EMIS Health has cited a “huge increase” in patients using online GP services after registrations for Patient Access rose by a third in just over 12 months.
According to EMIS, the Patient Access service has seen sign-ups increase from six million to eight million since the app was re-launched just over a year ago.
In the first six months of 2019, 3.4m appointments were booked and 9.7m repeat prescriptions issued via Patient Access, the supplier claimed.
This represents a 66% increase in appointment bookings and 64% increase in repeat prescriptions issued compared to the same period in 2018.
EMIS said the increase reflected the growing trend of patients using online GP services to book appointments and repeat medications at their local surgeries.
This could help hard-pressed GPs across the country, with Hall Green Health in Birmingham said to have saved 8.5 working days of admin duties a month thanks to Patient Access.
The practice serves 26,000 patients and was an early adopter of the re-launched Patient Access platform.
Currently, around 35% of patients are signed up for online services, with 28% having access to records.
In July, patients of Hall Green Health made nearly 2,000 prescription requests online. Each online request saved two minutes of reception time, meaning staff saved 65 hours of reception time – the equivalent of 8.5 working days – over the course of a month.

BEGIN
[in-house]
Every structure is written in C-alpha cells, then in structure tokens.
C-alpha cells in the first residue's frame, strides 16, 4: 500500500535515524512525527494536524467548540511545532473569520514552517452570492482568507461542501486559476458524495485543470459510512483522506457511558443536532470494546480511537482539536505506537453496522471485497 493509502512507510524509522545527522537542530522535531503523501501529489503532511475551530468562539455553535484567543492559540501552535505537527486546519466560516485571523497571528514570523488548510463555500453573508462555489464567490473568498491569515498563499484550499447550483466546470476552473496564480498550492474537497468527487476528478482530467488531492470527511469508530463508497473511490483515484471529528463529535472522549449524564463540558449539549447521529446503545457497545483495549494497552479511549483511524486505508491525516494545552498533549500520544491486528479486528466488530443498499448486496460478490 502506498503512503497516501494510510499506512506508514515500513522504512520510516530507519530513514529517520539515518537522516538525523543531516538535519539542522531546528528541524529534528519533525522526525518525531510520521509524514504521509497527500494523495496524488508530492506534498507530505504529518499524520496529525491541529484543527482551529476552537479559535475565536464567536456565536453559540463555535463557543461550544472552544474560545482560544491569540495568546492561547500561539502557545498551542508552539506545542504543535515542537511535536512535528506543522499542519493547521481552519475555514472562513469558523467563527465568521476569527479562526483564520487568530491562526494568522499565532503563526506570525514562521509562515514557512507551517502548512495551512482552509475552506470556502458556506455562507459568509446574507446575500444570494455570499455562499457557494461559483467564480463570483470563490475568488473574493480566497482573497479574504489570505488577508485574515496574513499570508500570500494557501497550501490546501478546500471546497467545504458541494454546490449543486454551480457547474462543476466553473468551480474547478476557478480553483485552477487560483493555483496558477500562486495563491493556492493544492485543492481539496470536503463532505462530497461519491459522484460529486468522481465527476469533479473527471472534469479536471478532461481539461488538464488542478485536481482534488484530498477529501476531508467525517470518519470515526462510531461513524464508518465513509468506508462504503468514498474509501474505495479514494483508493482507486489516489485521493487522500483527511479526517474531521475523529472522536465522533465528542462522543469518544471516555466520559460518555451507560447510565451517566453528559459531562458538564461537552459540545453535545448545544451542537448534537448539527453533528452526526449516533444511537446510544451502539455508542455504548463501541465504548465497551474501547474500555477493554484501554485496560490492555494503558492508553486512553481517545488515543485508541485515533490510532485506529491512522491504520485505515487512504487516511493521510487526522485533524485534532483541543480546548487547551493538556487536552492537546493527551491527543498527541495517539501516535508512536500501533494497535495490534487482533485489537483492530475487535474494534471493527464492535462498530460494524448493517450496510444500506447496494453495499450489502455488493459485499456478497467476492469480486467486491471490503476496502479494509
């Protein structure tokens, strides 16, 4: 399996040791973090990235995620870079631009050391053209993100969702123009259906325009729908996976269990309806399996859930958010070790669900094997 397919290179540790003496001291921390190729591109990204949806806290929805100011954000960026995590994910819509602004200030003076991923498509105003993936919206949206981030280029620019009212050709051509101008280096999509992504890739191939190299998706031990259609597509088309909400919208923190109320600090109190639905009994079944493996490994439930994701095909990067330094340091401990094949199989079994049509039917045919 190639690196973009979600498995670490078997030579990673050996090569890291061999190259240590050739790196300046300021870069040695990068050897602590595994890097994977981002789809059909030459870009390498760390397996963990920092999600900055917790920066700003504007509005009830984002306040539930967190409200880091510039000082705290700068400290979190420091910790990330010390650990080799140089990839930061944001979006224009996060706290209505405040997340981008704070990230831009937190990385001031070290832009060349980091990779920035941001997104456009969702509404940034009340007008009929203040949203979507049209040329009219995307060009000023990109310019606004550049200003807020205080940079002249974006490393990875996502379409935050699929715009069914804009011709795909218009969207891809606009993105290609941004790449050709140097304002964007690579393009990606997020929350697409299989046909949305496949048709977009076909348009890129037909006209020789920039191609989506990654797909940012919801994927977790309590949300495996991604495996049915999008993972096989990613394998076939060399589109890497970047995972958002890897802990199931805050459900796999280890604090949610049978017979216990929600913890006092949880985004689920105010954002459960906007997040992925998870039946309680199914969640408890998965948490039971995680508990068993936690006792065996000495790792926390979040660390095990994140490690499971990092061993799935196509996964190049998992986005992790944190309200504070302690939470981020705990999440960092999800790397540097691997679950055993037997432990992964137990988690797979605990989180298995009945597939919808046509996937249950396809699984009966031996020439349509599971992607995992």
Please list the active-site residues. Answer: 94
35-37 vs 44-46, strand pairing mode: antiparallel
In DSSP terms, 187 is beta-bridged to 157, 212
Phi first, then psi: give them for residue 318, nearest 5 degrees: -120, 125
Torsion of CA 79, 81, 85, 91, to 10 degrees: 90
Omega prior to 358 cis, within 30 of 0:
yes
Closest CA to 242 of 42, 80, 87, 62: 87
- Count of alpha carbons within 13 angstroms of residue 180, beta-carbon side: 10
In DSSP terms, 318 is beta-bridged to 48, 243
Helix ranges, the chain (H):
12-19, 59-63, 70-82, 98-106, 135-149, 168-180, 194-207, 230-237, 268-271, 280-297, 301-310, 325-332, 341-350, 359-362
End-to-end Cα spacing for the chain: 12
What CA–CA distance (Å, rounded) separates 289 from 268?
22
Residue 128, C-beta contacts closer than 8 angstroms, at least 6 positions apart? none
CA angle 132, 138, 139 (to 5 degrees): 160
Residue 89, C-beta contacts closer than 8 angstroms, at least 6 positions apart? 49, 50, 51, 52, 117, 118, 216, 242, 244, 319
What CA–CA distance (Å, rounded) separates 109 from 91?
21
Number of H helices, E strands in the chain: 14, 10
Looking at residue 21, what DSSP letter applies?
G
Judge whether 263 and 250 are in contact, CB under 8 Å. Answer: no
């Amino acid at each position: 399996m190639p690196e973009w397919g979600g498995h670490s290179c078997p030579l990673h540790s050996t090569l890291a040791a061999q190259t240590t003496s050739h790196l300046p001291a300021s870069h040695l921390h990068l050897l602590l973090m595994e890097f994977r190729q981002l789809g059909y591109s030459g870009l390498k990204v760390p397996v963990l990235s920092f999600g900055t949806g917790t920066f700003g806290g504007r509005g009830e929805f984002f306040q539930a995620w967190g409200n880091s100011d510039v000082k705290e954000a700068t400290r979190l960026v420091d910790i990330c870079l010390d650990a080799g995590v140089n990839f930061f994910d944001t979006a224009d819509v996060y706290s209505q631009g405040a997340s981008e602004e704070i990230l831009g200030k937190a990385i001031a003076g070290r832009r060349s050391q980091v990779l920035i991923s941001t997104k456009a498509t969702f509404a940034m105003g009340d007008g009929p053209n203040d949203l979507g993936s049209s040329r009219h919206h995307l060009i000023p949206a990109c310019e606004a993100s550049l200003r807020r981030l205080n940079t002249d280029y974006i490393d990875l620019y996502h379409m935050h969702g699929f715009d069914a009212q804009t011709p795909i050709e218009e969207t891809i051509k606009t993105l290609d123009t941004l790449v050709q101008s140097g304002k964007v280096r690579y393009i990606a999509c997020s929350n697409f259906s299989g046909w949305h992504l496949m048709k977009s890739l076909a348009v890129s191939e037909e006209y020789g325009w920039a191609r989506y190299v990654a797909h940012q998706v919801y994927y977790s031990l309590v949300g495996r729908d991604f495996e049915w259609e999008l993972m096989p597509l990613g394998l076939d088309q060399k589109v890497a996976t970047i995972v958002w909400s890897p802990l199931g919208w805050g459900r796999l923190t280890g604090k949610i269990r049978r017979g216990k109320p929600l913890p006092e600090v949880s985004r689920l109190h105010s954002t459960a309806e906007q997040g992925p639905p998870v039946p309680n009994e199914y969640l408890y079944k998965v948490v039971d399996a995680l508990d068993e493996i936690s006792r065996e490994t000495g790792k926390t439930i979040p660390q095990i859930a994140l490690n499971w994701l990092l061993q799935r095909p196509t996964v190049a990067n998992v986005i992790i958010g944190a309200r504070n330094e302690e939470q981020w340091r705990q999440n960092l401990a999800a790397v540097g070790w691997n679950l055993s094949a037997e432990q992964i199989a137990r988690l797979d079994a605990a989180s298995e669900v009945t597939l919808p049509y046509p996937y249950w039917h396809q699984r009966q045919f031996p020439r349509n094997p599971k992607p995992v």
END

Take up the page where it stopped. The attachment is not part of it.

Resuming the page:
Available to patients via a website or apps for iOS and Android, Patient Access recently launched a new service enabling people to book an appointment directly with their local pharmacy to help relieve pressure on busy GP practices.
Today, the platform handles around 1.8m appointment and prescription requests a month, according to EMIS.
Jason Keane, CEO at Patient Platform, said: “We are delighted to have seen such a positive response from users since re-launching Patient Access.
“We listened to feedback from both patients and GPs to create a more user-friendly experience that is empowering patients to take control of their healthcare and take pressure off practices.”
A recent survey by Pulse found that the average wait time for a routine GP appointment is now more than two weeks.
In response, the Digital Healthcare Council called for “fundamental changes” to current NHS policies that encouraged use of digital solutions.
Recent research from Benenden Health proposed that an increase in GP wait times is turning more people to Google to self-diagnose their health concerns.
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